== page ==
It was old. Far older than they had first thought. Not thousands, but millions of years old.

It was this part that Anna had taken a little while to grasp. The Ages to which they linked were not made by them, they already existed, for the making of worlds was a process that took not months but long millennia. Aitrus, trying to make things absolutely clear to her, had summed it up thus:

“These Ages are worlds that do exist, or have existed, or shall. Providing the description fits, there is no limitation of time or space. The link is made regardless.”

And so, too, this world of theirs, their Age, which they had called Gemedet, after the game. It, too, existed, or had existed, or would. But where it was or when they did not know.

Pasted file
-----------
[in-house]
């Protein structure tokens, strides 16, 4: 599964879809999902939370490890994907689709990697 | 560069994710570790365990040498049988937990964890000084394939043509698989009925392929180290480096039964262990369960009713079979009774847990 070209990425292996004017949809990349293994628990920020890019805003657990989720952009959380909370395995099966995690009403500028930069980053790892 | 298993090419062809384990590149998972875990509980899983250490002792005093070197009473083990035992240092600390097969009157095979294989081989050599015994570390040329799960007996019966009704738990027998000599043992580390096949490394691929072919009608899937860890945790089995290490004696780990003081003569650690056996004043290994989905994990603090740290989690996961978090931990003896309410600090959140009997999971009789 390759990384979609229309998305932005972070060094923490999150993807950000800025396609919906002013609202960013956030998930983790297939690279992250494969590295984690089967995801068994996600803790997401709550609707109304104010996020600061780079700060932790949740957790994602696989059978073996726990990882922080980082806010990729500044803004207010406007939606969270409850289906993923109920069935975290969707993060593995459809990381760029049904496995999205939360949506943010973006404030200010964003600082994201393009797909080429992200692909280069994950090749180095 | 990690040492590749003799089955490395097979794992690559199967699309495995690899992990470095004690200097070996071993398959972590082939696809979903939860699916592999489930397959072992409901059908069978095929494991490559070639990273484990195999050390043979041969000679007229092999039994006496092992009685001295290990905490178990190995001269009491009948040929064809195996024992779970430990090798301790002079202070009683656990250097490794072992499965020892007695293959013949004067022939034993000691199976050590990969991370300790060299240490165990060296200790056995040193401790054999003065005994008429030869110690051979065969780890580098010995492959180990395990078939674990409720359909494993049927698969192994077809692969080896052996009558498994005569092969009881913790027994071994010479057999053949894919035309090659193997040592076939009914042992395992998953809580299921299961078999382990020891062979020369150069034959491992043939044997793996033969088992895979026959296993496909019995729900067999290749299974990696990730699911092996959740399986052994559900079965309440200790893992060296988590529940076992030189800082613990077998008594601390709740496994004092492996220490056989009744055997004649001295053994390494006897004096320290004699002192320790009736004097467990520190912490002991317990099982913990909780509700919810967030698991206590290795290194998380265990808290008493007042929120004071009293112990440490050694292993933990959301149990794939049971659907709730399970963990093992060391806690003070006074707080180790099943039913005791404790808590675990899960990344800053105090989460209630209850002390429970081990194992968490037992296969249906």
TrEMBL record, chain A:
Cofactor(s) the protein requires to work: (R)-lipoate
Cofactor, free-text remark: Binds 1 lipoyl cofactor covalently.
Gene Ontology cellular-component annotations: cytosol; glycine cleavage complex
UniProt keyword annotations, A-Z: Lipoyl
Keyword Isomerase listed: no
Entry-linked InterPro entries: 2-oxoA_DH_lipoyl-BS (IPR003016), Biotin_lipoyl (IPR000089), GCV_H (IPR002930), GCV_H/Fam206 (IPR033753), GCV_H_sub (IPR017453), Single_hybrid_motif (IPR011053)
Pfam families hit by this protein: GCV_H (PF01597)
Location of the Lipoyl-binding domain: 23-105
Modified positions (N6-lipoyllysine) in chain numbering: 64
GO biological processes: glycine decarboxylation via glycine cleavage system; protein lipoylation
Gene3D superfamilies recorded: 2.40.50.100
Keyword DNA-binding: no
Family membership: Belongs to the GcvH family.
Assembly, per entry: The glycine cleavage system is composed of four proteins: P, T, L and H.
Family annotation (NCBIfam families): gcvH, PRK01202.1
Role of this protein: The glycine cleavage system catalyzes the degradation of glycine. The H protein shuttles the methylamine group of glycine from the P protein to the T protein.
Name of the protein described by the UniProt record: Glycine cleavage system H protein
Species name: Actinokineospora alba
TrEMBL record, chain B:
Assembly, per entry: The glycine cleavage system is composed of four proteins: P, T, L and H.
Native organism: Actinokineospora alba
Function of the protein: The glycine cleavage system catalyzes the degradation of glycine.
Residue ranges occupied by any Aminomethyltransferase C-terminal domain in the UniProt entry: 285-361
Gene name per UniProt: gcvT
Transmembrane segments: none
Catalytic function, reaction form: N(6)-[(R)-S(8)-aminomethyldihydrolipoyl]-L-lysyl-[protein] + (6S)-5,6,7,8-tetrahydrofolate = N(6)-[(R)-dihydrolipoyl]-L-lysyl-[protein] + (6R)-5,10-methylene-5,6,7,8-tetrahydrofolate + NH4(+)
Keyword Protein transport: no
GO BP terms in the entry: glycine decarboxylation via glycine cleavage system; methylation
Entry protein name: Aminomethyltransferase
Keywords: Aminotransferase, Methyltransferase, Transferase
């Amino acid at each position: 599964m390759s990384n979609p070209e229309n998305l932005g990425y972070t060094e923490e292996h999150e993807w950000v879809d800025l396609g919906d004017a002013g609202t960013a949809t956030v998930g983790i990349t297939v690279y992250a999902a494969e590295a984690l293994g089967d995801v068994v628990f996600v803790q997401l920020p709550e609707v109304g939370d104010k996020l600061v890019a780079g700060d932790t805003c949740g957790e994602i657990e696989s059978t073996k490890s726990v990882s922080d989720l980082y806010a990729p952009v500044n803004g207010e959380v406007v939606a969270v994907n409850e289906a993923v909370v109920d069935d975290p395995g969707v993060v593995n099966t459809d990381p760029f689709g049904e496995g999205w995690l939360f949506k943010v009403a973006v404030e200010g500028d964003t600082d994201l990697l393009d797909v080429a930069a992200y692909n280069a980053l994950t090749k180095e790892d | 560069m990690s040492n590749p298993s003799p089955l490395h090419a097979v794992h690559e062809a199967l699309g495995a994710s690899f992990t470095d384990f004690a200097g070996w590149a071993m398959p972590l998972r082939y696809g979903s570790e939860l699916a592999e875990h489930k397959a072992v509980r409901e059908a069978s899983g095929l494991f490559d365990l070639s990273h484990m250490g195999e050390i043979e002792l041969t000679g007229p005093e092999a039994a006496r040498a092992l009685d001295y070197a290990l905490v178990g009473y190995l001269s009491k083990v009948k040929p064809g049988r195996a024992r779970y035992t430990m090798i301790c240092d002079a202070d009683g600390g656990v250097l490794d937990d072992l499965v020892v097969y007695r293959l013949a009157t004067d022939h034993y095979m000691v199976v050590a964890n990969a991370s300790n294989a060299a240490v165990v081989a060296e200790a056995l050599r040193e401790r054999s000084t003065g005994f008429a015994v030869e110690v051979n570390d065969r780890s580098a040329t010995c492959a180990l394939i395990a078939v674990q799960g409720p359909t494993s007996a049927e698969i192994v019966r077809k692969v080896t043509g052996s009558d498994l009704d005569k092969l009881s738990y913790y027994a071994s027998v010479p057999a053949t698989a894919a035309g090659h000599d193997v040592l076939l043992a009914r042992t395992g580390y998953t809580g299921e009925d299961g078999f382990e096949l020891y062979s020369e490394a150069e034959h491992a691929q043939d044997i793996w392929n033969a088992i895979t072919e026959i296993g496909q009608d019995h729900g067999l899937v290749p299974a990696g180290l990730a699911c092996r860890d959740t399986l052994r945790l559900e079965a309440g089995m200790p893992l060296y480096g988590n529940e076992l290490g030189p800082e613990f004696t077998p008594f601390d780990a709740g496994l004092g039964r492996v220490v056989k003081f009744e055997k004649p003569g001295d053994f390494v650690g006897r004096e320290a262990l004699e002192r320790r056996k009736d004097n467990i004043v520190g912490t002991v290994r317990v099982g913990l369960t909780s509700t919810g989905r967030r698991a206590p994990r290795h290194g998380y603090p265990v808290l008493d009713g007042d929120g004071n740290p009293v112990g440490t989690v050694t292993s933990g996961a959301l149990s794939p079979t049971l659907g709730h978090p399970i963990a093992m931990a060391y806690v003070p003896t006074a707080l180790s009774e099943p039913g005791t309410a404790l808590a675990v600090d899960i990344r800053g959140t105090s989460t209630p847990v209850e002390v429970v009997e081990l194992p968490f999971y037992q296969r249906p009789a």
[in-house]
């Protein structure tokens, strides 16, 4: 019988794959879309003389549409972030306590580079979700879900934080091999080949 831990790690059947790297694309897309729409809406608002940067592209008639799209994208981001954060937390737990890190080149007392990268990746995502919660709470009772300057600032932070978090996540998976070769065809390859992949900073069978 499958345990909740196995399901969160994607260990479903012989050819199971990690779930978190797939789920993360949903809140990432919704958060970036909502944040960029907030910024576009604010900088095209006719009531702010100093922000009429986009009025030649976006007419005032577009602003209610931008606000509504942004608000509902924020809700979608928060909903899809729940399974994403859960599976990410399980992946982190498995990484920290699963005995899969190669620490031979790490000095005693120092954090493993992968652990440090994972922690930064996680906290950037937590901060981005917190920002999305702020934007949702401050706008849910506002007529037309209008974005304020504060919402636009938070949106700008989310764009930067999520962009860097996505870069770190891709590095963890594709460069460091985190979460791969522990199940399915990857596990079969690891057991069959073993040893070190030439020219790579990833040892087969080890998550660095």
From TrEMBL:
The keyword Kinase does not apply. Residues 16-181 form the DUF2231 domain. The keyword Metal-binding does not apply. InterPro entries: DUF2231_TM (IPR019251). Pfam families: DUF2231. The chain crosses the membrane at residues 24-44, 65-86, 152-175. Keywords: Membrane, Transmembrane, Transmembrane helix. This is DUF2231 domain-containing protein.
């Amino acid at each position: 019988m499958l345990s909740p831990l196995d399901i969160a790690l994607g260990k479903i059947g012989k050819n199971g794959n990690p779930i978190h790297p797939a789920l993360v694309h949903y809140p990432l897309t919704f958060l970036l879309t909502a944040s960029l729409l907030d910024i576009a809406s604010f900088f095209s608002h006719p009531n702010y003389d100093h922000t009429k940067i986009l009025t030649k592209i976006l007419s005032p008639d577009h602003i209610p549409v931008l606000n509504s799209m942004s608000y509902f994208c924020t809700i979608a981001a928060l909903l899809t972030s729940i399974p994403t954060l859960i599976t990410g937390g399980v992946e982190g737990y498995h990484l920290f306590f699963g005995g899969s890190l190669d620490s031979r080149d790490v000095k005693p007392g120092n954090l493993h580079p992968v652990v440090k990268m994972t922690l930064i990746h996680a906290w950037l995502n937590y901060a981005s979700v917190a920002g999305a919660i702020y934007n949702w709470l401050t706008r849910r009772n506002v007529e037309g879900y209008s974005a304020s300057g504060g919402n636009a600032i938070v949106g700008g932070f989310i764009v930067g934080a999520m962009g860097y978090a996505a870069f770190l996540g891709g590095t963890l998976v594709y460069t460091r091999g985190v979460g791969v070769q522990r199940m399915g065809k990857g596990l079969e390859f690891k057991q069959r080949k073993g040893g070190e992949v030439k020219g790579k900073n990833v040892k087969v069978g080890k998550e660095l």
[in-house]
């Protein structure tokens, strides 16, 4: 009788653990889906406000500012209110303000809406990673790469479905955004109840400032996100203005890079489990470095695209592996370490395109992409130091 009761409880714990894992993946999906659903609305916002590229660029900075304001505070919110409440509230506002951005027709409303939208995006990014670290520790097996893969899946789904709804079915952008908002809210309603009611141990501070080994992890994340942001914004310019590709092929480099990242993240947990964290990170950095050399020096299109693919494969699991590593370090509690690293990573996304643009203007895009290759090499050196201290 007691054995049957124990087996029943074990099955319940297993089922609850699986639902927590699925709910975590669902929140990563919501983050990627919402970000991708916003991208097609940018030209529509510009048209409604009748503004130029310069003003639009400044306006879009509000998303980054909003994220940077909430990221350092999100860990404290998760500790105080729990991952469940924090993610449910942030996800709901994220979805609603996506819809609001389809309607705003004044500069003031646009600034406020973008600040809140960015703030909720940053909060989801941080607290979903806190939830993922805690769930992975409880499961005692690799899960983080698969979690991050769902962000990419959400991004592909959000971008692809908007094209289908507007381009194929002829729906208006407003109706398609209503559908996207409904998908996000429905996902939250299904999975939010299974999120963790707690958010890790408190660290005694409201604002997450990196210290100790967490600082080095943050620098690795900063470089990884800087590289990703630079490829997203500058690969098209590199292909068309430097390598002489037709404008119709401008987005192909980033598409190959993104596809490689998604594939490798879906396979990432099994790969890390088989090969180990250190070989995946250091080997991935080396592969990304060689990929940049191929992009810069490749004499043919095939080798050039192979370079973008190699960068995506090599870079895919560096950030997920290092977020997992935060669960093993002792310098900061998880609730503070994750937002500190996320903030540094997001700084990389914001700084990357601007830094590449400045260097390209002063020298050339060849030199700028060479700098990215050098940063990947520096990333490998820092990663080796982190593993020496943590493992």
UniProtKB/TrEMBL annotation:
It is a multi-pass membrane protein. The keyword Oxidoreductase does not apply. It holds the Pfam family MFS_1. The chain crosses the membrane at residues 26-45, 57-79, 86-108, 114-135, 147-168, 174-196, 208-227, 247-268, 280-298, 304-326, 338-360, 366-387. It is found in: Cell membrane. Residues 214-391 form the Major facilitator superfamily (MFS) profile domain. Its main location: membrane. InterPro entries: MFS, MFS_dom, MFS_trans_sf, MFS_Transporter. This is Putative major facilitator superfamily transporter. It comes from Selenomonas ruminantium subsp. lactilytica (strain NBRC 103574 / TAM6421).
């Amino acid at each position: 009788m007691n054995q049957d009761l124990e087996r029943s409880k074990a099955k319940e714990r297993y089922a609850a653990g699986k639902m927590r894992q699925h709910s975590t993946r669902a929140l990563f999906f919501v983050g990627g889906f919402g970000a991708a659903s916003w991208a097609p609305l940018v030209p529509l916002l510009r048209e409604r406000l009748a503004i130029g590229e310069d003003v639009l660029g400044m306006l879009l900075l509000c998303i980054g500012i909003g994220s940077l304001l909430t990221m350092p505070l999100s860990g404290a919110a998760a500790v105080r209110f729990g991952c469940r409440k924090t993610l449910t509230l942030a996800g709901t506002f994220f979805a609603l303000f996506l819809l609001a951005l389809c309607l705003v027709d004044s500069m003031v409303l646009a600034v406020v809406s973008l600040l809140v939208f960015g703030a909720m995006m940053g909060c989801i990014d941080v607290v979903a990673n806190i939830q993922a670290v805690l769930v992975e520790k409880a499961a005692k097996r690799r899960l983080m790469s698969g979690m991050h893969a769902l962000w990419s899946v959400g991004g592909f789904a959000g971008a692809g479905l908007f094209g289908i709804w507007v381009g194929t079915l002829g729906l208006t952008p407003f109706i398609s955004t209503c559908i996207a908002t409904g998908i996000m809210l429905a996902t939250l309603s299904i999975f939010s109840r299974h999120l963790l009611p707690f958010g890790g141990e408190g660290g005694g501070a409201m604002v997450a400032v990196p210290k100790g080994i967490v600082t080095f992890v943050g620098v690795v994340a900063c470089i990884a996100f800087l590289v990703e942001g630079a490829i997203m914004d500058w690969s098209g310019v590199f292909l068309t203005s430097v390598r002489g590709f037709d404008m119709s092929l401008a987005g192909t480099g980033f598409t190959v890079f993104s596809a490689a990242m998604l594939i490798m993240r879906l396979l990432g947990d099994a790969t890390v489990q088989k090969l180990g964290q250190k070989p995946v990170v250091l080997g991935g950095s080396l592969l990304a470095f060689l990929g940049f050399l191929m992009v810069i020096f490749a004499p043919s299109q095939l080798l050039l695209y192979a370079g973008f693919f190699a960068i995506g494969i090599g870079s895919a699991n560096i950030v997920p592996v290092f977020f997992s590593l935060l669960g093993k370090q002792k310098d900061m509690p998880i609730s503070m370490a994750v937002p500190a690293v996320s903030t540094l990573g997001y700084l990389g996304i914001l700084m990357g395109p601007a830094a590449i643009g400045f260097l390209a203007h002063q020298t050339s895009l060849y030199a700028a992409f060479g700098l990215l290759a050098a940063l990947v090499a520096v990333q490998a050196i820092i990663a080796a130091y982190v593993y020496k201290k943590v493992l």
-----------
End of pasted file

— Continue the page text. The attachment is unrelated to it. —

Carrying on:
Not that it mattered most of the time, but on occasion she did wonder just where they were in the night sky, and when—whether at the beginning of the universe or somewhere near the end of that vast process.

The very thought of it humbled her, made her understand why her father had believed in a Maker who had fashioned it all. Having “written,” having seen the great skill and subtlety involved merely in creating a link to these worlds, she now found herself in awe of the infinite care that had gone into the making of the originals to which their templates linked.

Personally, she could not believe that blind process had made it all. It was, for her, quite inconceivable, bearing in mind the complexity and variety of life. Yet in this, if nothing else, Aitrus differed from her. His was, or so he claimed, a more rational approach, more scientific—as if understanding the product of such processes were a key to understanding the why of them existing in the first place.

Rand Miller with David Wingrove. Myst: The Book of Ti’ana. 1997, Corgi, London. Pages 275–276.

Copyright © 1996 Cyan, Inc.